Then comes the big step: Inbound engagement--setting up your own blog, Twitter, participating in chats, forums. When you do this, be sure to have some sort of theme that you will blog on—it’s very confusing to have someone who talks about random subjects every time they sign on! People want to know what to expect when they come to see your page. Make sure you are reaching out to the people who are interested in your product (product = you! your book! But be careful—if you intend to write several books, calling your blog after one of those books could trap you). For example, the theme of my blog is right across the header—my journey to break into the publishing industry. I share insights that I gain, stumbles that I make, and I hope that others will also share their insights.
The sharing of content is linked with the last step: educational and marketing assets—keep them coming back for more. The second speaker, Stephen Baker (formerly of Business Week) also talked about offering things of value. Don’t talk at, talk with. Be present.
Stephen Baker also discussed his experiences using his blog (TheNumerati.net) and Twitter (@SteveBaker) to promote his book, The Numerati. He also discussed his use of social media and how, at the time he was writing, certain publishing houses were still unsure of how to use this tool, afraid it destroy the mystique of the author. I guess we’ll see how far we’ve come when we find out how much he is allowed to tweet when his next book comes out.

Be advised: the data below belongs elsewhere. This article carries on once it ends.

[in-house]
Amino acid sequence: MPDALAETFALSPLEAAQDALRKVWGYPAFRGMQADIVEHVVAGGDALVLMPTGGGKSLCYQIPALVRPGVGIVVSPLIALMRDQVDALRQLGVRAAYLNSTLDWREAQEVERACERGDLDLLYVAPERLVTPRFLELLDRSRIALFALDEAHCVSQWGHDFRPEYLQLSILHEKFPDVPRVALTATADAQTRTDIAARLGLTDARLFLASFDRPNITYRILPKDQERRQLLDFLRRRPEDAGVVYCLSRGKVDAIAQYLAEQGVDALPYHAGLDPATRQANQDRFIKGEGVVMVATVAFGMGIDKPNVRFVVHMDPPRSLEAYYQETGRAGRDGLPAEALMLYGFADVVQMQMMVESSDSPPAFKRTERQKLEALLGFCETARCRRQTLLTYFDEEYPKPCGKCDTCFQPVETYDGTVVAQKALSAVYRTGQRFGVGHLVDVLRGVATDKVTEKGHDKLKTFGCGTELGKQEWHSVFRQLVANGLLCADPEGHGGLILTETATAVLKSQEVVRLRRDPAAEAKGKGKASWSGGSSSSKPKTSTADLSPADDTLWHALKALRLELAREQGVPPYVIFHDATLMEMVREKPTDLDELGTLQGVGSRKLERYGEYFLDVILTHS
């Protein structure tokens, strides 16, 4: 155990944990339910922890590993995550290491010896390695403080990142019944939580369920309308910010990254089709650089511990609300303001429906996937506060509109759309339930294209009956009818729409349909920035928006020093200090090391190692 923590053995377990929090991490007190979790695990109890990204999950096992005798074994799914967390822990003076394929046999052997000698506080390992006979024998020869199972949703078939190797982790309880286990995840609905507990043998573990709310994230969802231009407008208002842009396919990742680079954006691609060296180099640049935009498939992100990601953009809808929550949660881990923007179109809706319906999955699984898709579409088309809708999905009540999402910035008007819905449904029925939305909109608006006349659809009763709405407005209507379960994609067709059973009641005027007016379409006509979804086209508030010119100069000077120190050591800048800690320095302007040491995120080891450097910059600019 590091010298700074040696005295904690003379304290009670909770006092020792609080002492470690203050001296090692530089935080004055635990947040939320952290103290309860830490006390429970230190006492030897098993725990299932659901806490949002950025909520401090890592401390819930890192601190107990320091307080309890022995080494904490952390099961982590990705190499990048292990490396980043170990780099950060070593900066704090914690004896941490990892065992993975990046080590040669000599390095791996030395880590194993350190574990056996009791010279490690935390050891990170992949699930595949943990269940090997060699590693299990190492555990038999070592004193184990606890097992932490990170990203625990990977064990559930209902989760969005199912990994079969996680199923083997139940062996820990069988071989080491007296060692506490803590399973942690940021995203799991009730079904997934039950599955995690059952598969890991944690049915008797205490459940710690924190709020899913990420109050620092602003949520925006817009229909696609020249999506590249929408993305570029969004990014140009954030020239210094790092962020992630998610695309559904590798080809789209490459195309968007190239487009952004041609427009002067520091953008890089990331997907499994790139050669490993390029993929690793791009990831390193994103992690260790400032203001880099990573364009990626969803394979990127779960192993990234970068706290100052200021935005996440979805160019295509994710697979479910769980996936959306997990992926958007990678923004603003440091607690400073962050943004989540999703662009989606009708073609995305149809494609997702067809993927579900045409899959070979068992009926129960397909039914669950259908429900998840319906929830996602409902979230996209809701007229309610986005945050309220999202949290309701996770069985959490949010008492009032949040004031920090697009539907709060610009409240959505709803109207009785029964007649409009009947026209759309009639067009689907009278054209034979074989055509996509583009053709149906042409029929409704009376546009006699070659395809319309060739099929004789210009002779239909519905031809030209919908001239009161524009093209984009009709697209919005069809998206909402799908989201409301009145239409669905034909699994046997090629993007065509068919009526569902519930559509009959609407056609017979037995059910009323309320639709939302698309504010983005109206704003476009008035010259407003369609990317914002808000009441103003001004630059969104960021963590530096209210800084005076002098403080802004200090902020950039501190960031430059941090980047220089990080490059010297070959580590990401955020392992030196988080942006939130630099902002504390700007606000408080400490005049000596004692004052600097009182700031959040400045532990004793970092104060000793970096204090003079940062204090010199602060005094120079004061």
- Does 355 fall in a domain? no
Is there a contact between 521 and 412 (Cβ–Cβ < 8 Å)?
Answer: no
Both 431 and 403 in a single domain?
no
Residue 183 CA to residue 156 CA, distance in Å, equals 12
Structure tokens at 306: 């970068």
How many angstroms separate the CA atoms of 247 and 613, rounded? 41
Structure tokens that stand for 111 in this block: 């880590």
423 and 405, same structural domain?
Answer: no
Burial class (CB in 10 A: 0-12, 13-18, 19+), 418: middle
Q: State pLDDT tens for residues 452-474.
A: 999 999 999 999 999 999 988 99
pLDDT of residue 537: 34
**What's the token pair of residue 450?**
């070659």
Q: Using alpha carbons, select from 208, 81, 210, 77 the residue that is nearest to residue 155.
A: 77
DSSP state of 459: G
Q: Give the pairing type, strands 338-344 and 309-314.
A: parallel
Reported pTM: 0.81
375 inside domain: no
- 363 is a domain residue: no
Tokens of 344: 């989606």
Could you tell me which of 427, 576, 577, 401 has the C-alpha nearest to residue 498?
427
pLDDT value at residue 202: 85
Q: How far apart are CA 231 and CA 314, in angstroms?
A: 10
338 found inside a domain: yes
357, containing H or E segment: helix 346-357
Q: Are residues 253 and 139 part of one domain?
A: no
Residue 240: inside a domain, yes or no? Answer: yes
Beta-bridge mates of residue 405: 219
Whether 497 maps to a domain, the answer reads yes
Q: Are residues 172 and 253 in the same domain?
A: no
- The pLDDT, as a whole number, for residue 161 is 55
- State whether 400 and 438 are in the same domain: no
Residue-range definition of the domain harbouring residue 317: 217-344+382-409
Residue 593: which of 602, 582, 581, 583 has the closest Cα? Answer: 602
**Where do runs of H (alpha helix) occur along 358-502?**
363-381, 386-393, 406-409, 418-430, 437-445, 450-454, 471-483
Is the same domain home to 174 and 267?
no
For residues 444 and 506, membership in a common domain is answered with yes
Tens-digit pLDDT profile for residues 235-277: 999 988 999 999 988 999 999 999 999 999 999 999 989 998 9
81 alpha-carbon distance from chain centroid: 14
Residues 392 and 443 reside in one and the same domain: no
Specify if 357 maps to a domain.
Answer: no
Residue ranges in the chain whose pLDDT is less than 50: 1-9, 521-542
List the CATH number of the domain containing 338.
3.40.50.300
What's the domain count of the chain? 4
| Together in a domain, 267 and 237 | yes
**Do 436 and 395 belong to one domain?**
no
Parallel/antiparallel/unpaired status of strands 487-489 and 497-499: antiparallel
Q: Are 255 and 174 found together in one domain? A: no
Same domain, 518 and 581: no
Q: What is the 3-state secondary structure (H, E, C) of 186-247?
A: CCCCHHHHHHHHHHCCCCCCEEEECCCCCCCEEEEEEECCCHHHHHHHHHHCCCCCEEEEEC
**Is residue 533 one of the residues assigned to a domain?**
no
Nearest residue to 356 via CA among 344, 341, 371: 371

Both speakers said that it’s hard to measure success in blogging since no one knows which numbers to look at, but the idea is to have something show up once you are googled. I absolutely agree with this. I know talking to you all is like preaching to the choir but it can never hurt to hear it again. Having a personality is just as important online as it is offline. I promise, when I seriously consider a manuscript I also seriously consider the author and I know that publishing houses do as well. Seeing someone who is taking their career seriously by promoting themselves is a great sign that they will be committed to promoting their book once it is published.
Almost forgot to mention that I met some really great people there, some employed and some looking for employment. I ran into Elana Roth (@elanaroth) in person—yay!
Whew, that was a long one! Sorry about that, but the event was full of info! I have another great event tonight (different sponsor) so off I go again. I hope you found that helpful and until next time…